Wednesday, August 06, 2014

A break in the action

Today we drove through the great wide expanses of northern Montana. After the events of yesterday, today was quiet, though not always relaxing -- we were on a two-lane road with a 70 mile-per-hour speed limit, with the opposing lane full of trucks headed for the North Dakota oil fields.  It's beautiful, though.  They aren't kidding when they call Montana "Big Sky Country."  We watched a fierce little rainstorm approach us for at least fifty miles before we got wet.

We drove at first across dry rolling cattle lands with bluffs carved by the Missouri River to the south -- much of that in the Fort Peck Indian Reservation -- then through increasingly flat grazing lands with the only trees in deep gullies running south toward the rivers, and finally across high, perfectly flat, immense, apparently infinite golden prairies, rolling uninterrupted south as far as we could see and farther, and to the north into Alberta, Canada  (only 30 or 40 miles away -- now and then we saw Border Patrol vehicles or signs about customs and ports).   For hours and hours, we drove across those prairies, just rolling forever, interrupted occasionally by little towns, grain bins, and of course, trains.   If you grew up here, you'd have different ideas about space and time,  and you'd know a lot more about the sky.

The big sky, amber waves of grain, yet another oil train in the far background, and an occasional bicyclist:

Jamie would like it here in Shelby, where we spent Tuesday night. The town sign:

Shelby is all about trains.   The hotel is hung with train pictures.  That's a train siding across the road from the hotel (you can see it in the background of the sign picture).  We counted four long trains made mostly of oil cars at the siding, and as we watched, a fifth came rolling in from the west, made mostly of oil cars that must have been empty and on the way to North Dakota to load up.

We paralleled the train tracks all the way across Montana, through the area known as the "Hi-Line," and I mostly took pictures of trains.  Most of them were freight trains, and most of those were oil trains.  But there are Amtrak passenger stations all along Route 2, and here's the Amtrak "Empire Builder," rolling east:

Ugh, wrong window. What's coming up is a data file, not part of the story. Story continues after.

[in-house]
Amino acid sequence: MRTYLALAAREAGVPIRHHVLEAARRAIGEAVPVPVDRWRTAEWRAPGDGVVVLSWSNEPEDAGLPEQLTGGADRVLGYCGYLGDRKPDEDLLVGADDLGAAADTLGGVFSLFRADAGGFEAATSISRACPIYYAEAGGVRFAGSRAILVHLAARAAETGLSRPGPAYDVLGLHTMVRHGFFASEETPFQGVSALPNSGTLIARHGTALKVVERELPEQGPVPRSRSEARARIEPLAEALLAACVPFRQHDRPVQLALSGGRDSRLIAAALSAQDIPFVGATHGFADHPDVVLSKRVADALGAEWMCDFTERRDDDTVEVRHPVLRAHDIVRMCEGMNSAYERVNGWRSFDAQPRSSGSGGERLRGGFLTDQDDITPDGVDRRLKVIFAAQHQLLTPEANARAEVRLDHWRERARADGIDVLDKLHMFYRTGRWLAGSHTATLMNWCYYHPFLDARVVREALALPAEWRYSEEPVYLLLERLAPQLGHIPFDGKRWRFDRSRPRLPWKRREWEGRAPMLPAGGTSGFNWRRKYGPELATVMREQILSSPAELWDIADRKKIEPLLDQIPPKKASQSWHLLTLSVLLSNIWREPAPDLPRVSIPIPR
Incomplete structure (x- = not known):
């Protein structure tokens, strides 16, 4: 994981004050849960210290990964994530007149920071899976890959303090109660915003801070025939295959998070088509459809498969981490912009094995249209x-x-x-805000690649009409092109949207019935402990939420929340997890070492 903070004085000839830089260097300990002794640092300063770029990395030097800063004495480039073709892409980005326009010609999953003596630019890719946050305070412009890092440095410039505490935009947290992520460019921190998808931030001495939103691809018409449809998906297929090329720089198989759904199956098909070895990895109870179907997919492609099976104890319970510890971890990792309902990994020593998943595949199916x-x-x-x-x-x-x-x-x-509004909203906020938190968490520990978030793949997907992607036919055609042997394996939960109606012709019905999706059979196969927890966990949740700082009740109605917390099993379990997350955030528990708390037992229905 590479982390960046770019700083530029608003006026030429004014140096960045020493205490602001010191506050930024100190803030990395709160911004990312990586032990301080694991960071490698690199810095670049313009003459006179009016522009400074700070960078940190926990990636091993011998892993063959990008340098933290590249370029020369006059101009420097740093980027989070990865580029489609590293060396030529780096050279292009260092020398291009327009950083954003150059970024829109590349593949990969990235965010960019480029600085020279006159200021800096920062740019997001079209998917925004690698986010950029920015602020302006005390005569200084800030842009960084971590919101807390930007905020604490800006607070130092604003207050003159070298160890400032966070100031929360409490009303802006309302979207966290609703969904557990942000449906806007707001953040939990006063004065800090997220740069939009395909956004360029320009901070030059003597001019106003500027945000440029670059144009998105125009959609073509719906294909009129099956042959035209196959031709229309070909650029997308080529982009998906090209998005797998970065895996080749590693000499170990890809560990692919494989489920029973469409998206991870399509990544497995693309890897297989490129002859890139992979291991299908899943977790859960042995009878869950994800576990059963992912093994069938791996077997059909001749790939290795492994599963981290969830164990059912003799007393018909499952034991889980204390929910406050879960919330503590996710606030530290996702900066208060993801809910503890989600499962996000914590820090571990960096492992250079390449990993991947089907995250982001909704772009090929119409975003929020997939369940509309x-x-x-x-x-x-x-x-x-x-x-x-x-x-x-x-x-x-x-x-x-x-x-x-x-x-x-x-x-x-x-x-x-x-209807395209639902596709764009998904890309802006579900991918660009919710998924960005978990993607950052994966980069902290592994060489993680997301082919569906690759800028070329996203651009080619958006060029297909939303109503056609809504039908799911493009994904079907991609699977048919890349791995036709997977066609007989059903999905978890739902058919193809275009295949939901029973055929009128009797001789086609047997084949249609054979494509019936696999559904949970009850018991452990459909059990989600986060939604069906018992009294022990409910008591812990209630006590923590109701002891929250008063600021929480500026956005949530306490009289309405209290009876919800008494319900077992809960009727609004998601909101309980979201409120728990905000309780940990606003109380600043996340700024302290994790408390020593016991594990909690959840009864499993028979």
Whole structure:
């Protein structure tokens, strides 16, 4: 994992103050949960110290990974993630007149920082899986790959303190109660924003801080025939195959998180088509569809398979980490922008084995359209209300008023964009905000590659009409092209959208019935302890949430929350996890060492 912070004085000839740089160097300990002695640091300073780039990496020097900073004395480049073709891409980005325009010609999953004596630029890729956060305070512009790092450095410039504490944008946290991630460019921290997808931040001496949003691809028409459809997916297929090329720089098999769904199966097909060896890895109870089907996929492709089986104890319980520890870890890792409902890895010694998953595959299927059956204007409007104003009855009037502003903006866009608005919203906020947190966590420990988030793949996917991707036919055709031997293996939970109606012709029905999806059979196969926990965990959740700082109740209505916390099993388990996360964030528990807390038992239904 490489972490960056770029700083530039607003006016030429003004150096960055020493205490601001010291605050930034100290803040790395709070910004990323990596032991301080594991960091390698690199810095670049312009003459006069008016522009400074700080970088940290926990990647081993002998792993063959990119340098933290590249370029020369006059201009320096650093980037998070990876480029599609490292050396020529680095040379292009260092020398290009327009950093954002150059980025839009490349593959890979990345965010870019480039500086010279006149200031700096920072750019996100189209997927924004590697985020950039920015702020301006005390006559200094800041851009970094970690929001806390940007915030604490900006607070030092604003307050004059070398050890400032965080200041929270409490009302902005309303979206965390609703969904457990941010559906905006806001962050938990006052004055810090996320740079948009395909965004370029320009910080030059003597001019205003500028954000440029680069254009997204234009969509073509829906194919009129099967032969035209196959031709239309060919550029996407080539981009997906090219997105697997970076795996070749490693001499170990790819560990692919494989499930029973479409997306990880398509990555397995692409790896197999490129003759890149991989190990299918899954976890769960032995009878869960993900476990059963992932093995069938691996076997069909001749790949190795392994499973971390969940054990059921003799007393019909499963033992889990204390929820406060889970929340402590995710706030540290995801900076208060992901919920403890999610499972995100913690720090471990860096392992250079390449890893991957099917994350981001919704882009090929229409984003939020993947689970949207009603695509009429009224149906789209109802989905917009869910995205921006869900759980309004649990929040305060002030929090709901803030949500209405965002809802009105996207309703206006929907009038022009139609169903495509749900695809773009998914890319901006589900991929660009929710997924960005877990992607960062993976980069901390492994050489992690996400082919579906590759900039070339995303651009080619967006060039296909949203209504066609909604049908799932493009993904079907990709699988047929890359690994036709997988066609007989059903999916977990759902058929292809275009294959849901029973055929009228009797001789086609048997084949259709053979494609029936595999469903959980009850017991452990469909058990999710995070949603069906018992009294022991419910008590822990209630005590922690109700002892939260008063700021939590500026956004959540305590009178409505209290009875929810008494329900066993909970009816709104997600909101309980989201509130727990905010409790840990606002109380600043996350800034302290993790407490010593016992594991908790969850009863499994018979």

Here, just for fun, are some non-train scenes from when we were stuck in road construction traffic for an unreasonably long time in a small town somewhere along the Hi-Line.  You'll have to enlarge the mailbox picture, at the entrance to a trailer park, to see why I took it.  We wonder what it means. I took the motel-sign picture just because I liked it.  Dad and I puzzled out the code: MW is microwave, Inet is internet, single is ??? we don't know because it says two beds. 

and finally, I'm adding this, because Dad loves it and insisted:

It's 6:15 in the morning here in Shelby (we're waking up early because we've crossed two time zones and our bodies think it's two hours later than the clock says it is.)  We're off to Glacier National Park today -- two hours west -- and then we'll see.  More tonight!


Claire Newbold said...

Great post and video is priceless.

Luke Murphy said...

Shelby is all about trains because in 1891, James Jerome Hill chose it as the perfect spot to build offshoots north (to Alberta) and south (to Great Falls, MT) from his Great Northern Railroad.

That Amtrak train you saw is named after J. J. Hill ("Empire Builder" was his nickname). Actually, it looks like Route 2 basically runs parallel to the former Great Northern Railroad throughout much of Minnesota, North Dakota, Montana, Idaho, and Washington. So most of those train tracks you're seeing were built by J. J. Hill. My understanding is that Hill basically built most of the towns along the way, too - building his transcontinental railroad slowly but surely, making sure each portion was profitable before building further, and doing things like offering seed and livestock to startup farmers along the way so that the railroad would have stuff to carry when it was finished.

Hill is my favorite 19th century industrialist. He built the sixth transcontinental railroad in this country, but it was the first one to be built without using any federal loans or land grants, and the others mostly went bankrupt. Seattle is what it is today because the Great Northern made trade with China and Japan possible.

Laura said...


Mom said...

Thanks, Luke, that's fascinating. The daring of not just building a railroad, but founding towns ahead of its path to ensure its success -- so audacious! How do people get the nerve and the courage to do things like that?

Caleb said...